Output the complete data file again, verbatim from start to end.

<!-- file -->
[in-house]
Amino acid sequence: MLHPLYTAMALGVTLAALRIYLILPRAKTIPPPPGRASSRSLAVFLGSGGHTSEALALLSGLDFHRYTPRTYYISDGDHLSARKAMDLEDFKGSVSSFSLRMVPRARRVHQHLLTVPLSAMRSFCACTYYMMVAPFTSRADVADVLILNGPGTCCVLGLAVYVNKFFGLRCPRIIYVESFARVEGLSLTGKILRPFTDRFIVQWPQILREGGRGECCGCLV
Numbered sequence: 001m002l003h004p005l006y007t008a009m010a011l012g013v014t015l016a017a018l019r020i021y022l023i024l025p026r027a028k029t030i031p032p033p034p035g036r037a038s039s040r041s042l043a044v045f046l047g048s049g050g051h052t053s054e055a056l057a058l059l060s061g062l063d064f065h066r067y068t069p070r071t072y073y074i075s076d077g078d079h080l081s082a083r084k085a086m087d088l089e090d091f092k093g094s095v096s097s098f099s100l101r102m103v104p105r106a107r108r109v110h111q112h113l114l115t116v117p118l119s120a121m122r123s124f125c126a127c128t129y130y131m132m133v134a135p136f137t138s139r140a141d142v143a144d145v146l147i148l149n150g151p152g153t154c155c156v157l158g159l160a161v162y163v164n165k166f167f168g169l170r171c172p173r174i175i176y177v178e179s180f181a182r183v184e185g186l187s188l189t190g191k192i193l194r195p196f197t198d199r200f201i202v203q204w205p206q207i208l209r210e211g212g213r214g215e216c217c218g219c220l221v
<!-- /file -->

[in-house]
Amino acid sequence: MLHPLYTAMALGVTLAALRIYLILPRAKTIPPPPGRASSRSLAVFLGSGGHTSEALALLSGLDFHRYTPRTYYISDGDHLSARKAMDLEDFKGSVSSFSLRMVPRARRVHQHLLTVPLSAMRSFCACTYYMMVAPFTSRADVADVLILNGPGTCCVLGLAVYVNKFFGLRCPRIIYVESFARVEGLSLTGKILRPFTDRFIVQWPQILREGGRGECCGCLV
Numbered sequence: 001m002l003h004p005l006y007t008a009m010a011l012g013v014t015l016a017a018l019r020i021y022l023i024l025p026r027a028k029t030i031p032p033p034p035g036r037a038s039s040r041s042l043a044v045f046l047g048s049g050g051h052t053s054e055a056l057a058l059l060s061g062l063d064f065h066r067y068t069p070r071t072y073y074i075s076d077g078d079h080l081s082a083r084k085a086m087d088l089e090d091f092k093g094s095v096s097s098f099s100l101r102m103v104p105r106a107r108r109v110h111q112h113l114l115t116v117p118l119s120a121m122r123s124f125c126a127c128t129y130y131m132m133v134a135p136f137t138s139r140a141d142v143a144d145v146l147i148l149n150g151p152g153t154c155c156v157l158g159l160a161v162y163v164n165k166f167f168g169l170r171c172p173r174i175i176y177v178e179s180f181a182r183v184e185g186l187s188l189t190g191k192i193l194r195p196f197t198d199r200f201i202v203q204w205p206q207i208l209r210e211g212g213r214g215e216c217c218g219c220l221v